Throughout GoF we never, not even once, heard the slightest account, not a single word, about Bartemius Crouch Sr that was given us by someone who honestly admired the man. And there certainly was such a person in evidence, someone who was not in the least reticent about Mr Crouch’s sterling qualities. But we completely dismissed Percy Weasley’s sincere regard for Crouch and instead took all of our reading of his character from “Mad-Eye Moody” and Sirius Black.
Now, just how clever was that? I swear, that’s downright embarrassing.
The false Mad-Eye Moody assures us that Crouch was more ruthless than he ever was. Sirius Black tells us that Crouch was obsessed with catching just “one more Dark wizard”.
And yet Crouch clearly accepted Lucius Malfoy’s (and Avery’s) Imperius defense, and we sat there and watched him cut a deal with Karkaroff when the real Moody would have thrown away the key. This picture of “ruthless warrior for the Light” is further compromised by Barty Crouch Jr’s “confession”, and frankly, there are so many points of issue in that confession that don’t match up to what we actually saw going on in the book that I don’t believe a word of it. Can we at least agree that Barty Crouch Jr had a strong interest in seeing to it that his father was depicted in the worst possible light?
And as for Sirius Black; we already have ample demonstration of Sirius Black’s unreliability where it comes to reading the character of others. We were consistently led to underestimate Pettigrew, which is usually a dangerous mistake, and I think that we may have been led to misread Crouch as well.
Not that the issue was likely to recur in the final outplay of the story. By the end of GoF the story had moved well beyond Barty Crouch Sr’s place in it.
But, what is more, Sirius admits that he only put together his picture of the Decline and Fall of Barty Crouch Sr after he escaped from Azkaban, and I really doubt that Crouch was still a household word by then.
Consequently what Sirius was patching together would have predominantly been the rumors and innuendos which had been circulating in Azkaban since his son’s assumed death, or those which had been dredged up more recently (under whose direction I wonder?) that got hashed over in the Prophet in the course of reporting the revival of the TriWizard Tournament under his leadership, or, later, of Crouch Sr’s absence from work and his suspected illness. Sirius’s personal satisfaction at the tale he has pieced together shines through his “wise counsellor” narrative like a beacon. Can we also agree that Sirius Black has no reason to admire the man who consigned him to life with the Dementors without a trial?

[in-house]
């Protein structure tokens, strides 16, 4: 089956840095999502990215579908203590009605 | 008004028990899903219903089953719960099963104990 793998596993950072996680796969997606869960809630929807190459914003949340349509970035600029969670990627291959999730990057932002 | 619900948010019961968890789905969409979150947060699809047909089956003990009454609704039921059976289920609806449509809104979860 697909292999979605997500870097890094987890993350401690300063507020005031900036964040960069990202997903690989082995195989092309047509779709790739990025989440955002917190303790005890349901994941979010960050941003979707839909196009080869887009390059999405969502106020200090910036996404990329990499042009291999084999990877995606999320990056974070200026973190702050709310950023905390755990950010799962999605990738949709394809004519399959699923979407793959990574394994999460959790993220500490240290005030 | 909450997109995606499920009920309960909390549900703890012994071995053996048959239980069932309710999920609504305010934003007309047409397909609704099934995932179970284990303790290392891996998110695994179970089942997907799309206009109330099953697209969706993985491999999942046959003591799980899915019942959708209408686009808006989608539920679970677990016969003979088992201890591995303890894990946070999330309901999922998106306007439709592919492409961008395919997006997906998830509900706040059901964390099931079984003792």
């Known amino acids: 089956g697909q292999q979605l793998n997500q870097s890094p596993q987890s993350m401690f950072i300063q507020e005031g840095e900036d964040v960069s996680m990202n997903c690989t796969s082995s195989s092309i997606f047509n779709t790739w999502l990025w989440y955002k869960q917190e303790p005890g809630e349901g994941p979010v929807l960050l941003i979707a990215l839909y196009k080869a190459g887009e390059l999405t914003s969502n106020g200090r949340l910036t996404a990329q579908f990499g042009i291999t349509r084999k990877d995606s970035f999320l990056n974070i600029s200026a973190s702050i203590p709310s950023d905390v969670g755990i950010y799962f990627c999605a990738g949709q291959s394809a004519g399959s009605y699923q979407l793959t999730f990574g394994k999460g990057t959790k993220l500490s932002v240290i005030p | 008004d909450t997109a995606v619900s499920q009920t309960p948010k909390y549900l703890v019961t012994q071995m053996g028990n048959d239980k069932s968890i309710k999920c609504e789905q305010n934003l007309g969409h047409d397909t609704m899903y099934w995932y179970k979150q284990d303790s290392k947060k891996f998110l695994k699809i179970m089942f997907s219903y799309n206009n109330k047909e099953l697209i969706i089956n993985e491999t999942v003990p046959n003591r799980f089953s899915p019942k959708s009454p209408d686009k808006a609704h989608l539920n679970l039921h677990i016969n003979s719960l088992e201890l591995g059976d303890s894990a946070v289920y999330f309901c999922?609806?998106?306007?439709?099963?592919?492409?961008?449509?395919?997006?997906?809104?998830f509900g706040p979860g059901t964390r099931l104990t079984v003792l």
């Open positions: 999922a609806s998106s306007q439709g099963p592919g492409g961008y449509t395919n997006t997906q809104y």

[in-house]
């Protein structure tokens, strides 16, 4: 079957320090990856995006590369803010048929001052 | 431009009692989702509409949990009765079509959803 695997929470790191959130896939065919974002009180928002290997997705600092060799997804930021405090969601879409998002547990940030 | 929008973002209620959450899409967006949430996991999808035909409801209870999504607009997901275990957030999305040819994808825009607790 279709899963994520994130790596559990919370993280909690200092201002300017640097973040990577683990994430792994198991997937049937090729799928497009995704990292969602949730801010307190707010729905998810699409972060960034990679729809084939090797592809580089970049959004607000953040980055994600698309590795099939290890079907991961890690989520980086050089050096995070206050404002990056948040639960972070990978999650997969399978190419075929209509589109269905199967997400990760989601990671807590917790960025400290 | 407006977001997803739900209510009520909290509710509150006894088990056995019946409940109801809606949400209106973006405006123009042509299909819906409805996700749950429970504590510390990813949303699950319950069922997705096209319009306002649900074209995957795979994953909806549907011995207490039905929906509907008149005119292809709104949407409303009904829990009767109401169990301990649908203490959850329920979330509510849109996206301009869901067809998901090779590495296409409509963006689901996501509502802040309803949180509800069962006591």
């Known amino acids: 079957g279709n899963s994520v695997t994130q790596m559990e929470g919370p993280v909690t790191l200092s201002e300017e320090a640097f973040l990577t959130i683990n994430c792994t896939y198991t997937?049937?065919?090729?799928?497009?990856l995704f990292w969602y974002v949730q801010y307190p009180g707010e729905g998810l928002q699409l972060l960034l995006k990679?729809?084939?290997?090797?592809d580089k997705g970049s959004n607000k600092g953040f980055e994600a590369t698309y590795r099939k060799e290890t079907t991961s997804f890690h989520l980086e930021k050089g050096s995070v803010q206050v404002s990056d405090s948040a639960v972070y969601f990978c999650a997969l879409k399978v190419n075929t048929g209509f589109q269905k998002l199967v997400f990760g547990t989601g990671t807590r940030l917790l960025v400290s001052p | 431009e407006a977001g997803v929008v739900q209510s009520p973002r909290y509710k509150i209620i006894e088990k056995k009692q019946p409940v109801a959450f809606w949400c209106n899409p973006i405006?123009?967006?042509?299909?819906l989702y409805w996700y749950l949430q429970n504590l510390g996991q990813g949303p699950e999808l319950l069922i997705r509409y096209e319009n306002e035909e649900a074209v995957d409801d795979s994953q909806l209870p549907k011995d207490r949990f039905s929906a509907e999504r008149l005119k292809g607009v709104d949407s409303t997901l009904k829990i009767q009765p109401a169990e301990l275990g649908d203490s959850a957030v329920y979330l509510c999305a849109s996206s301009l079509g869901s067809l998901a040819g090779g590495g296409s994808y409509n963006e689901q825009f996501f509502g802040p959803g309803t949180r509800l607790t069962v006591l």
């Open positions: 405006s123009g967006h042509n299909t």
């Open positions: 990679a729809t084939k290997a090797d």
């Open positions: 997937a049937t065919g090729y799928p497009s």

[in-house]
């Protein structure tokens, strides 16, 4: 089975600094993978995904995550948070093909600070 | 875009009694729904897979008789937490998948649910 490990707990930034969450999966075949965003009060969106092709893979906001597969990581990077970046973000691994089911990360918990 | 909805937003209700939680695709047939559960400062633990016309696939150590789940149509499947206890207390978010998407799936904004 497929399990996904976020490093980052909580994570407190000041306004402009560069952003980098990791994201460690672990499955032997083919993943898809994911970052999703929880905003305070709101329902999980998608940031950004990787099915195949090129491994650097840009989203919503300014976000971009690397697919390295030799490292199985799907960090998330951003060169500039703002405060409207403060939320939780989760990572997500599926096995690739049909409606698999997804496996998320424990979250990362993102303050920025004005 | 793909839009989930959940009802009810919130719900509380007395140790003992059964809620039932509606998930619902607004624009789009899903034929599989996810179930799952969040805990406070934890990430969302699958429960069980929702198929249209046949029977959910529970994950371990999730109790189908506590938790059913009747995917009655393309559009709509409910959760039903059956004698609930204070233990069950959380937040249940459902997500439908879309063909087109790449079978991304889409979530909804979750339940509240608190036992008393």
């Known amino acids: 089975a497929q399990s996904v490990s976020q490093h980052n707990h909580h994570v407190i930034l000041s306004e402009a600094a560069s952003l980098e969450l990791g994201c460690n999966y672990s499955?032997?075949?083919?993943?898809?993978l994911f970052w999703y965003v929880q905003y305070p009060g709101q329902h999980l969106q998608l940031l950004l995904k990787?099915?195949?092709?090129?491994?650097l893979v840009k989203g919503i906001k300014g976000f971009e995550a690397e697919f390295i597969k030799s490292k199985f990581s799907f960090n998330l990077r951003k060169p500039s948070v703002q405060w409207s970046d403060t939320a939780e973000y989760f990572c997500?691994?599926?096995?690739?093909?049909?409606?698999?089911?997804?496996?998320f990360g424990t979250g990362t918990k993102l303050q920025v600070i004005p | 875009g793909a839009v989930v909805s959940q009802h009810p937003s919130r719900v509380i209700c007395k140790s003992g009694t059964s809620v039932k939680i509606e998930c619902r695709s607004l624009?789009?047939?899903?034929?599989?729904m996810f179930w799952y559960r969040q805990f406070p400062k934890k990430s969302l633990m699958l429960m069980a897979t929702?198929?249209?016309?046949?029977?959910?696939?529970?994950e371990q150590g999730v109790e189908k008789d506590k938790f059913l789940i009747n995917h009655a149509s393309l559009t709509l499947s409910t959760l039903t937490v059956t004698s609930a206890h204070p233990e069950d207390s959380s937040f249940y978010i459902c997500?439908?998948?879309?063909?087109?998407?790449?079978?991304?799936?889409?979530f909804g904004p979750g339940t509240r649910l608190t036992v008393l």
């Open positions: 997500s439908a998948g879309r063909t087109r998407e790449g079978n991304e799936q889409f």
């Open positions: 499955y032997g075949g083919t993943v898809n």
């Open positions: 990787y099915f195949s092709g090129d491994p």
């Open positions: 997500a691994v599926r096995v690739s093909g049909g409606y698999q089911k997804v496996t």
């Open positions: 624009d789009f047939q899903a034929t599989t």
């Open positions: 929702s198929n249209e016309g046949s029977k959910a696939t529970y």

• • • •
However, when you look past what is said about the man’s character by his enemies, and concentrate on his known actions, you get a picture of a pragmatic politician, just as corrupt, but probably not any more so than any other we’ve been shown in the Potterverse to date. Moreover, a politician with a willingness to make any kind of deal that might forestall another Dark rising.
The wizarding world is a very small community. Crouch would have been able to gauge who it would be safe to cut a deal with, because he would know exactly who had the most to lose. In fact, by all indications, until the year that Professor Quirrell came back from his travels on the continent twitching and stammering, the greater wizarding world appears to have taken no appreciable harm from the fact that Igor Karkaroff and Lucius Malfoy were walking free in it.
Pharnabazus suggests that in return for a tacit promise of his future good behavior, as well as a promise to keep his associates under restraint, Barty Crouch Sr accepted Lucius Malfoy’s Imperius defense and basically agreed to leave him alone so long as he behaved himself, and stayed out of politics. He quite possibly also initially had either agreed to drop the prosecution of Malfoy’s sister-in-law, her husband, and her brother-in-law or arranged for their release.
This reading, supported by Pharnabazus’s full line of reasoning plays very well.
However, Pharnabazus’s interpretation was posted some years ago, and we have been given a bit more information to play with since then.
At that point in the series we did not know that Lucius’s father Abraxus Malfoy was still alive at the time of Voldemort’s first defeat. It also fails to take the personalities of fanatics into account. Most notably the personalities of Bellatrix Lestrange and her associates.
Since, we didn’t know that Lucius’s father was probably still around at the end of VoldWar I, we did not consider that the Malfoy that Crouch Sr cut his deal with was a good deal more likely to have been Abraxus, rather than Lucius.
Abraxus Malfoy survived long enough for his grandson to be claiming to remember him. So that puts his death somewhere in the ’80s, at the earliest. I am rather more inclined to believe that he did not die until 1991–’92. His grandson Draco’s first year at Hogwarts.
Being finally off his father’s leash might also explain why we were suddenly tripping over Lucius every time we turned around, from the summer of ’92 until he was forcibly taken off the game board at the end of Year 5, four years later.
It makes a LOT more sense for it to have been Abe and Barty who were the deal makers. For one thing, we have no clear reason to believe that Abraxus was actually a DE himself, however much he may have approved of the public perception of what Voldemort claimed to stand for (like the elder Blacks, he took the word of the kids who were already inside the organization).
The elder Malfoy and Crouch could have been at Hogwarts together. Before Riddle, I suspect; or, just as possibly, right afterwards, in the interregnum before there was a DE organization to consider. There was no Malfoy in the Slug Club with Riddle that we know of, nor a Crouch. Although as one of Sluggy’s acquaintances, Abraxus is likely to have been somewhat older than Riddle.